Jayson Tatum, Jaylen Brown make history with Celtics’ NBA Finals berth

Not many young duos have accomplished what they did with their win in Game 7.

Jayson Tatum embraced Jaylen Brown after they won the Eastern Conference finals. Matthew J Lee/Globe staff

It was only a few months ago that calls to break up Jayson Tatum and Jaylen Brown were at their loudest as the Celtics were hovering around .500.

Now, the Celtics’ young star duo has accomplished something very few have ever done. Tatum and Brown became the fourth duo of players 25-and-under who led their team in scoring to reach the NBA Finals in the last 40 years, according to the Elias Sports Bureau.

Tatum led the team in scoring during the regular season (26.9 points per game) and so far in the playoffs (27 points per game), helping him win the first-ever Larry Bird MVP award for his performance in the Eastern Conference finals. Brown scored 23.6 points per game in the regular season and 22.9 per game so far in the playoffs.

The Celtics’ young duo rose to the occasion on Sunday. Tatum scored a team-high 26 points on 9-of-21 shooting with 10 rebounds and six assists. He made a pair of clutch buckets late in the shot clock in the fourth quarter, too, which ended up being a pivotal five points as the Heat got within two points with less than 30 seconds left. Brown scored 24 points on 8-of-15 shooting with six rebounds and six assists.


As the two stepped up to bring the Celtics back to their first NBA Finals in 12 years, Tatum turned to Brown in the mids of the celebration to say “They said we couldn’t play together!”

While Tatum and Brown reveled in proving their doubters wrong on Sunday, Tatum admitted there were moments of doubt when the team was at its lowest point in January.

“It was tough. Like truly,” Tatum told reporters after Game 7. “There were definitely some tough moments throughout the season where — not doubt yourself but maybe question, right, question, can we do it? You start to realize how hard it is to win. You start to question yourself; are you good enough to be that guy?

“But I think you just trust in yourself, trust in the work that you put in to get to this point and continue to work, and it can’t rain forever. Good days were coming.

“I felt that we were — whatever it was, one step away from clicking throughout the season, and obviously once we did, we haven’t looked back.”

Of course, the Celtics turned things around in order for Tatum to reach the Eastern Conference finals for the third time in his career and the fourth time in Brown’s career. Prior to Sunday though, neither had broken through in the conference finals. Tatum said that he and Brown grew from those previous losses and other playoff shortcomings.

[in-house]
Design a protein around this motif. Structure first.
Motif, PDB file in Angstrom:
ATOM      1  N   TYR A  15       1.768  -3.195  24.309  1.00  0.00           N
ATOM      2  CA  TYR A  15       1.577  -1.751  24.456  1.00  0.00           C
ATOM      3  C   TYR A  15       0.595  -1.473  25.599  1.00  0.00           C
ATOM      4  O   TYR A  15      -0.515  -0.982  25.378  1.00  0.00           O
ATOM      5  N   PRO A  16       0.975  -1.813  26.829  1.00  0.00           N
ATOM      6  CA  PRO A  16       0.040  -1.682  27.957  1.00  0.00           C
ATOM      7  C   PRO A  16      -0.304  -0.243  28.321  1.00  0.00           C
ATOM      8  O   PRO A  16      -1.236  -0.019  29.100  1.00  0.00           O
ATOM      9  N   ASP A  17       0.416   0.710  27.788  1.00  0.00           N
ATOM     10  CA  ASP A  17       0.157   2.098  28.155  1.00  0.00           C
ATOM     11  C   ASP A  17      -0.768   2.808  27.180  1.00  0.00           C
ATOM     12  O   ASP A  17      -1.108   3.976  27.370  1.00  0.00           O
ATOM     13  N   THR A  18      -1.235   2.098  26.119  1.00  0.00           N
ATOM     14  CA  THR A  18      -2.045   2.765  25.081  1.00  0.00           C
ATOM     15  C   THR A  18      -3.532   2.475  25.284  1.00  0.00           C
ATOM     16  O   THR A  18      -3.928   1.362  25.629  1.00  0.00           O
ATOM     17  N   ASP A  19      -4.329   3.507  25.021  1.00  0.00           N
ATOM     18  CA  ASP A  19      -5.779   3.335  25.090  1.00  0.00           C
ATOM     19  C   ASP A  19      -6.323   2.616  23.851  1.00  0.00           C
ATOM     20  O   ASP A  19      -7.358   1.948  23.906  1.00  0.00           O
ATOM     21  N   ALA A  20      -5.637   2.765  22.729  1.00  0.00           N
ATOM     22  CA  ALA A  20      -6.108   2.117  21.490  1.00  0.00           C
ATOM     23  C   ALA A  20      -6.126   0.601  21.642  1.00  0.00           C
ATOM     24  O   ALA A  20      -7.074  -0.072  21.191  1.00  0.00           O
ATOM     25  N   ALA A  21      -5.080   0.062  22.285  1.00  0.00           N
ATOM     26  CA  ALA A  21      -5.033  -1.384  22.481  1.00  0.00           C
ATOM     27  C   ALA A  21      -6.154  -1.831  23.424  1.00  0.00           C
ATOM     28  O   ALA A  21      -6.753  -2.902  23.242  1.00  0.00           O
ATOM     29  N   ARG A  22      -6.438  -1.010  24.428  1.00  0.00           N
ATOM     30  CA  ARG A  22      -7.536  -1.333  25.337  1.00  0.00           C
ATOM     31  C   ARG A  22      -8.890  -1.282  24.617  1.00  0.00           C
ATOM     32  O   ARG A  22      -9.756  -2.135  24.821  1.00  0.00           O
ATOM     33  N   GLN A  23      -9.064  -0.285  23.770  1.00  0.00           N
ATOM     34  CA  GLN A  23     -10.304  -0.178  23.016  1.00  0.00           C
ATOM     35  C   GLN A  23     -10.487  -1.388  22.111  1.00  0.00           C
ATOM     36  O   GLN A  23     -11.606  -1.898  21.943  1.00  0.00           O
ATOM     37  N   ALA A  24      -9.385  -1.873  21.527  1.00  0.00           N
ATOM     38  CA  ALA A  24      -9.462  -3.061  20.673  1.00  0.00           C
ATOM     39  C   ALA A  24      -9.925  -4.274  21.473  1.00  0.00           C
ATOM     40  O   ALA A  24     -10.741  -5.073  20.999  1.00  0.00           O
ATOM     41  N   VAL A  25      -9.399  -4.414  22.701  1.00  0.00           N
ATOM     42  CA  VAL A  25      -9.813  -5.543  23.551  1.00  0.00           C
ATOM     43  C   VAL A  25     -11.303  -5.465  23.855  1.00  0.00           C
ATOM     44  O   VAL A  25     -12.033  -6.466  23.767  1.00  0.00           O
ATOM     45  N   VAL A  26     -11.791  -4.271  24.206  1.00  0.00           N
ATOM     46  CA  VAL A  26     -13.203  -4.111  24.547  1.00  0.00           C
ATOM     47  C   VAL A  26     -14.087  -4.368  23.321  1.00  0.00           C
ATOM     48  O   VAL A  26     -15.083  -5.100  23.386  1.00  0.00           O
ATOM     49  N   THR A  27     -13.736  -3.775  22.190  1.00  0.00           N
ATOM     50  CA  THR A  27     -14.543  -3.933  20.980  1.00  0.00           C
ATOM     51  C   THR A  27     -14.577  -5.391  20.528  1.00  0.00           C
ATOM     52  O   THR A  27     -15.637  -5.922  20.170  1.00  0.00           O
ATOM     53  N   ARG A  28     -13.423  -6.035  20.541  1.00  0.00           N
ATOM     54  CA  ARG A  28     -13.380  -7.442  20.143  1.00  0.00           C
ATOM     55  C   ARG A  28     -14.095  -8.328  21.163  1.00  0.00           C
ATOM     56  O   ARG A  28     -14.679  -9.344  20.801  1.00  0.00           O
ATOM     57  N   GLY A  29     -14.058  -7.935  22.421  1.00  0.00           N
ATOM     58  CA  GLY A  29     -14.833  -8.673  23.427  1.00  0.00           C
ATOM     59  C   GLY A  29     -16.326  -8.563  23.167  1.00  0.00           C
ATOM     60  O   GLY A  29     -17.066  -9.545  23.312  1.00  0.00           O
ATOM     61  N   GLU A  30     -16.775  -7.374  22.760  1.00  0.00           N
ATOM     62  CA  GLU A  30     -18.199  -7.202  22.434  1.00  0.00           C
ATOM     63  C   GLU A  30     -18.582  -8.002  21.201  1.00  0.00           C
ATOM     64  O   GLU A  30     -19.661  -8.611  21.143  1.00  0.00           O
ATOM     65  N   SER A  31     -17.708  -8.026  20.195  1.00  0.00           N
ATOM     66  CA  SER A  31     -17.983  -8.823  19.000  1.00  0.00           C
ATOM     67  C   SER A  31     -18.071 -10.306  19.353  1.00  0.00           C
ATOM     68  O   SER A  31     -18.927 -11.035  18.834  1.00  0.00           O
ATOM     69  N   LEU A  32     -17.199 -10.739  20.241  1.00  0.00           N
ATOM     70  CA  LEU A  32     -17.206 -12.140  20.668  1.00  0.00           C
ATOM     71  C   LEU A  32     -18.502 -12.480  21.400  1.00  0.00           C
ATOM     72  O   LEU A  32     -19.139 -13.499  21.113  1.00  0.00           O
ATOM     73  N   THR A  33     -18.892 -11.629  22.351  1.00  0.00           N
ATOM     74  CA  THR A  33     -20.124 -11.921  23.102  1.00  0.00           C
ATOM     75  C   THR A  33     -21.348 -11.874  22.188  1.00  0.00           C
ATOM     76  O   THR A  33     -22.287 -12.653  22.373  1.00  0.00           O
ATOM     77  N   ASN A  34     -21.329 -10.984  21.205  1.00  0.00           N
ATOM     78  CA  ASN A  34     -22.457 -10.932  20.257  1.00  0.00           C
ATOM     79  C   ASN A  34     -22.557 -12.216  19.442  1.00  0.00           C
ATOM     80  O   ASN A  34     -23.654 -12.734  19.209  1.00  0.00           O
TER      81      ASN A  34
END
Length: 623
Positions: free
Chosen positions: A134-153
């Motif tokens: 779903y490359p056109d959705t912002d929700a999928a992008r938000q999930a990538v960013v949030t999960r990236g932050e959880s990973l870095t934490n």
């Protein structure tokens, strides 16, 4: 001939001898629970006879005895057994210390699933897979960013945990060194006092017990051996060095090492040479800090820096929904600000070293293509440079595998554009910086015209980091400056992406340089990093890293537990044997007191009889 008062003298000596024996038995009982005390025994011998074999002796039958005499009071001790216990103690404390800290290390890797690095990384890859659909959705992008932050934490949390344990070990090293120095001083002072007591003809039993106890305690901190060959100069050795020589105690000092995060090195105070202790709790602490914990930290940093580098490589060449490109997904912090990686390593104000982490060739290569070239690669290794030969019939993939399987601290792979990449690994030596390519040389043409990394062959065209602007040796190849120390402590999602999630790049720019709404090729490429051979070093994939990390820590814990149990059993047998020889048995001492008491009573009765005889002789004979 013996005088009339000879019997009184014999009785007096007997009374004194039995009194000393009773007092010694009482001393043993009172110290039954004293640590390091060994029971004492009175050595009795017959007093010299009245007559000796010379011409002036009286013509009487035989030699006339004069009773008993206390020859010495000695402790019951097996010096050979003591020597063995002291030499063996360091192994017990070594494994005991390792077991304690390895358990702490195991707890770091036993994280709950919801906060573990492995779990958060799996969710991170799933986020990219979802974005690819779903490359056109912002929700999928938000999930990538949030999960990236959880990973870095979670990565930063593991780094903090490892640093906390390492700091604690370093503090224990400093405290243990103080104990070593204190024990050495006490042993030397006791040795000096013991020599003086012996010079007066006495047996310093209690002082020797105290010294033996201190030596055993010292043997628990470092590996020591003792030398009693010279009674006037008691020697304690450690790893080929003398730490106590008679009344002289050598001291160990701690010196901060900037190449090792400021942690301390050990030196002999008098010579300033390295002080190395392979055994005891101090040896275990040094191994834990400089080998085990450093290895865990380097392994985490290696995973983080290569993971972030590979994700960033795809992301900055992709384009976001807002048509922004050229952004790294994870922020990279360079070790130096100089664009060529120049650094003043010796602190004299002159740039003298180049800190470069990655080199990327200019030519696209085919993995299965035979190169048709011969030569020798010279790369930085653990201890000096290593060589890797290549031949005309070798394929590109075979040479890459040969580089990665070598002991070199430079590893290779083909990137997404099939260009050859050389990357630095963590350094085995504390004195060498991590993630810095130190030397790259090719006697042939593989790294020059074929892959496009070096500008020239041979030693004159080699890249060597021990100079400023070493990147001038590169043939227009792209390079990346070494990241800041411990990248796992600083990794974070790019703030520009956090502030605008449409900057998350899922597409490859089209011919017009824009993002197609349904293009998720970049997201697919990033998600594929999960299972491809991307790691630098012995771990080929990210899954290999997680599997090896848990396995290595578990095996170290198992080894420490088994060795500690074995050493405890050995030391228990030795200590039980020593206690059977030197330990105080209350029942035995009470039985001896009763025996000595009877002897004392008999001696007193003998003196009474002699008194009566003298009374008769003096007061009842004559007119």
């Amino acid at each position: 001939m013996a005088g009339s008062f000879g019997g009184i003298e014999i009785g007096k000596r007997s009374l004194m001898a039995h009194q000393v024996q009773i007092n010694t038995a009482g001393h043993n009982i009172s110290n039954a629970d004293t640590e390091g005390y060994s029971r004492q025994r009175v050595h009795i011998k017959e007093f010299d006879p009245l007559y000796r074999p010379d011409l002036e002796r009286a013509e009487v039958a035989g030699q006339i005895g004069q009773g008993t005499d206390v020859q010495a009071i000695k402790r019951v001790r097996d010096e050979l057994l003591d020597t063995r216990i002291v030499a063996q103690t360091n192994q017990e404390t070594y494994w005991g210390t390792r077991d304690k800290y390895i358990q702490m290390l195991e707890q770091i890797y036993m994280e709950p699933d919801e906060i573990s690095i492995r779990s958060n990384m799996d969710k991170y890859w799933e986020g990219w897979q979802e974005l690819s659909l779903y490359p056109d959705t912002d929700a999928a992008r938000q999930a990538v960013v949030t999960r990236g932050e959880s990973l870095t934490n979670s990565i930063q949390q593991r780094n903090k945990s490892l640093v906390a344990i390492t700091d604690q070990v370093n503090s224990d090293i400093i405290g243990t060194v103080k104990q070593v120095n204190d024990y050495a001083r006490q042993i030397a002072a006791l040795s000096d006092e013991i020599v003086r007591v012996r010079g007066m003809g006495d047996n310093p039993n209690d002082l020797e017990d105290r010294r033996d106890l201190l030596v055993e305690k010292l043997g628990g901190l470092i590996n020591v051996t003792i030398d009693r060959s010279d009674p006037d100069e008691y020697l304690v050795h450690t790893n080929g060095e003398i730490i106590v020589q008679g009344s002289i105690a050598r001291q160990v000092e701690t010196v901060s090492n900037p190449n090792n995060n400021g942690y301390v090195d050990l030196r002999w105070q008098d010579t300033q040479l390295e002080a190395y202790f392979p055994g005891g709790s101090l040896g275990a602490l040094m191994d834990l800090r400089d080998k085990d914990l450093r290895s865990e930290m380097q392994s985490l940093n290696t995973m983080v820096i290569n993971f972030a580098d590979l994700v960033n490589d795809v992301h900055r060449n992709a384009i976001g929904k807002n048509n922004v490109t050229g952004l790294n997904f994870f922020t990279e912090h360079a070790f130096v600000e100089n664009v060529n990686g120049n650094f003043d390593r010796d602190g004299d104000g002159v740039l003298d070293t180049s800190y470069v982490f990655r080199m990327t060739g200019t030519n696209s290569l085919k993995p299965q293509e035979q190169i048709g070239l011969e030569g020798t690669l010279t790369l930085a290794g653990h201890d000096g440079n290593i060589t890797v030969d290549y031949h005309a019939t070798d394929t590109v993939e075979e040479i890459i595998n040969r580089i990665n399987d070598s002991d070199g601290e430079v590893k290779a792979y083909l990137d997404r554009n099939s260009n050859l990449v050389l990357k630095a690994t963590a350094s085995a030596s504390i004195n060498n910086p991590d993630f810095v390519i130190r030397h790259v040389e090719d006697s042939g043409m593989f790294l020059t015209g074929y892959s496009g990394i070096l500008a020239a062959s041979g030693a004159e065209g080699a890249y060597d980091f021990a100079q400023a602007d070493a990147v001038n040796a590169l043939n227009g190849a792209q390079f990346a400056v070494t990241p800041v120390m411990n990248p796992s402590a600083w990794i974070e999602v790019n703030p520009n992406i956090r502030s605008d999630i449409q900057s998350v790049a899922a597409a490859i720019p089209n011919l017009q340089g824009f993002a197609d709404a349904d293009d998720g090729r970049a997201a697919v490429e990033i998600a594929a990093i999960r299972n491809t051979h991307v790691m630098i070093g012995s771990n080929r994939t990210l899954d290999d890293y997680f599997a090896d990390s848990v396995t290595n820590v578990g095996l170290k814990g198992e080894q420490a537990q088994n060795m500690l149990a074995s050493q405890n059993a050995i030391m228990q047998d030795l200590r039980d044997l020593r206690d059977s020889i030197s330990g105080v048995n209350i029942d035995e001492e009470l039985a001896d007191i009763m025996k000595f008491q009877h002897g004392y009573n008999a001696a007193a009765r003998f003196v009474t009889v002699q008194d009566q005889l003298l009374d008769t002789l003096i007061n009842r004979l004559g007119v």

“In the moment when you lose those series, obviously it hurts and it’s tough. But you never forget it,” Tatum said. “I think that’s what we all have in common, that we’ve all been through those tough times and we remember how that felt.

“We didn’t want to have that feeling again leaving here tonight. We left it all out on the floor. Obviously, we got it done.”

The Celtics’ homegrown trio of Tatum, Brown, and Smart made history in Game 7 as well. With Smart scoring 24 points, grabbing nine rebounds, and dishing out five assists, they became the second trio to each have at least 20 points, five rebounds, and five assists in a Game 7 in NBA history.

Smart’s also been the center of criticism in recent years as he transitioned into the team’s starting point guard. Now in his eighth season in Boston, he’s happy that he was finally able to break through to reach the Finals.

“It’s huge for us. Like you said, we’ve been through a lot. Literally blood, sweat, and tears,” Smart said. “Every year we’ve been in this situation, like I said, and we had to sit there and look ourselves in the mirror, and it had to hurt, and it did.


“For us, it was just we wanted to come out here and make sure that that didn’t happen again, and we did it, like I said. All the years we’ve been through early on in the season, all the things we went through early on, the adversity, really allowed us to come here in Game 7 and do what we do. I think our road record is better than our home record, and that just shows the resilience that we have. That we can come into somebody’s building and tear it up. That’s what it’s all about, man. This core group of guys, the guys that’s on the bench, this coaching staff, this whole organization, they trusted us, and they allowed us to fix it and work it out, and we’ve grown from it, and it’s definitely helped us in the long run.”

Looking ahead to the NBA Finals matchup against the Warriors, the previous history of 25-and-under duos leading their respective squads to the championship stage doesn’t bode well for the Celtics. All three have lost. Hakeem Olajuwon and Ralph Sampson’s Rockets squad lost to the Celtics in six in the 1986 Finals. Shaquille O’Neal and Penny Hardaway saw their Magic squad get swept by the Magic in the 1995 NBA Finals. In 2012, Kevin Durant and Russell Westbrook weren’t able to lead the Thunder to the promised land, losing to the Heat in five.


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